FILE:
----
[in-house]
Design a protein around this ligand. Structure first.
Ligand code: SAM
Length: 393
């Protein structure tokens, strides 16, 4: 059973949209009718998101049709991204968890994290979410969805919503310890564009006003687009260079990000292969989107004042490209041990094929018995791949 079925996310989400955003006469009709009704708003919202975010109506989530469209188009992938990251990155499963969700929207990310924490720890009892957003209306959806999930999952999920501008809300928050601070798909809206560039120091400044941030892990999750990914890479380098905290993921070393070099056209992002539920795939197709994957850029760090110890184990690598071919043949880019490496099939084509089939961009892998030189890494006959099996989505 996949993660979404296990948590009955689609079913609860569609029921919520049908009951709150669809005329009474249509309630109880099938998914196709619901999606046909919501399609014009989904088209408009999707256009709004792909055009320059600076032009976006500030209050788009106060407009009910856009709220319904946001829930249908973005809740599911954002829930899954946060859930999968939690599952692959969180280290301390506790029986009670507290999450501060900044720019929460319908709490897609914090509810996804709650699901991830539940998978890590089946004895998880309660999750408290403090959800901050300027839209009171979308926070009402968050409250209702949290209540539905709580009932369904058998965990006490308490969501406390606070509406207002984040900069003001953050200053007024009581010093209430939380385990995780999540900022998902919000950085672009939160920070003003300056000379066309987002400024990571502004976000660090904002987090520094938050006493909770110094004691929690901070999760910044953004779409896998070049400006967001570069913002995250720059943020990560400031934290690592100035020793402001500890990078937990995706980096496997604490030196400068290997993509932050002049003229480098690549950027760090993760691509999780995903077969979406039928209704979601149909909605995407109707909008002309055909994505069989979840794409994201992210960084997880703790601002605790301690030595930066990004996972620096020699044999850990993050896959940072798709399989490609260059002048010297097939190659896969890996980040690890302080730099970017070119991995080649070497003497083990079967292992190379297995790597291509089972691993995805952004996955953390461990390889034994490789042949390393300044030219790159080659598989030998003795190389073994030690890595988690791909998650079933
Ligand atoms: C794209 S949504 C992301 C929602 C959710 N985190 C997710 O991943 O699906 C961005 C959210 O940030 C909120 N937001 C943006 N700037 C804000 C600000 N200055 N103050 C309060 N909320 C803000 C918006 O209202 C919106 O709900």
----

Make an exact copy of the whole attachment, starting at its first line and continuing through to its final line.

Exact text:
[in-house]
Design a protein around this ligand. Structure first.
Ligand code: SAM
Length: 393
């Protein structure tokens, strides 16, 4: 059973949209009718998101049709991204968890994290979410969805919503310890564009006003687009260079990000292969989107004042490209041990094929018995791949 079925996310989400955003006469009709009704708003919202975010109506989530469209188009992938990251990155499963969700929207990310924490720890009892957003209306959806999930999952999920501008809300928050601070798909809206560039120091400044941030892990999750990914890479380098905290993921070393070099056209992002539920795939197709994957850029760090110890184990690598071919043949880019490496099939084509089939961009892998030189890494006959099996989505 996949993660979404296990948590009955689609079913609860569609029921919520049908009951709150669809005329009474249509309630109880099938998914196709619901999606046909919501399609014009989904088209408009999707256009709004792909055009320059600076032009976006500030209050788009106060407009009910856009709220319904946001829930249908973005809740599911954002829930899954946060859930999968939690599952692959969180280290301390506790029986009670507290999450501060900044720019929460319908709490897609914090509810996804709650699901991830539940998978890590089946004895998880309660999750408290403090959800901050300027839209009171979308926070009402968050409250209702949290209540539905709580009932369904058998965990006490308490969501406390606070509406207002984040900069003001953050200053007024009581010093209430939380385990995780999540900022998902919000950085672009939160920070003003300056000379066309987002400024990571502004976000660090904002987090520094938050006493909770110094004691929690901070999760910044953004779409896998070049400006967001570069913002995250720059943020990560400031934290690592100035020793402001500890990078937990995706980096496997604490030196400068290997993509932050002049003229480098690549950027760090993760691509999780995903077969979406039928209704979601149909909605995407109707909008002309055909994505069989979840794409994201992210960084997880703790601002605790301690030595930066990004996972620096020699044999850990993050896959940072798709399989490609260059002048010297097939190659896969890996980040690890302080730099970017070119991995080649070497003497083990079967292992190379297995790597291509089972691993995805952004996955953390461990390889034994490789042949390393300044030219790159080659598989030998003795190389073994030690890595988690791909998650079933
Ligand atoms: C794209 S949504 C992301 C929602 C959710 N985190 C997710 O991943 O699906 C961005 C959210 O940030 C909120 N937001 C943006 N700037 C804000 C600000 N200055 N103050 C309060 N909320 C803000 C918006 O209202 C919106 O709900």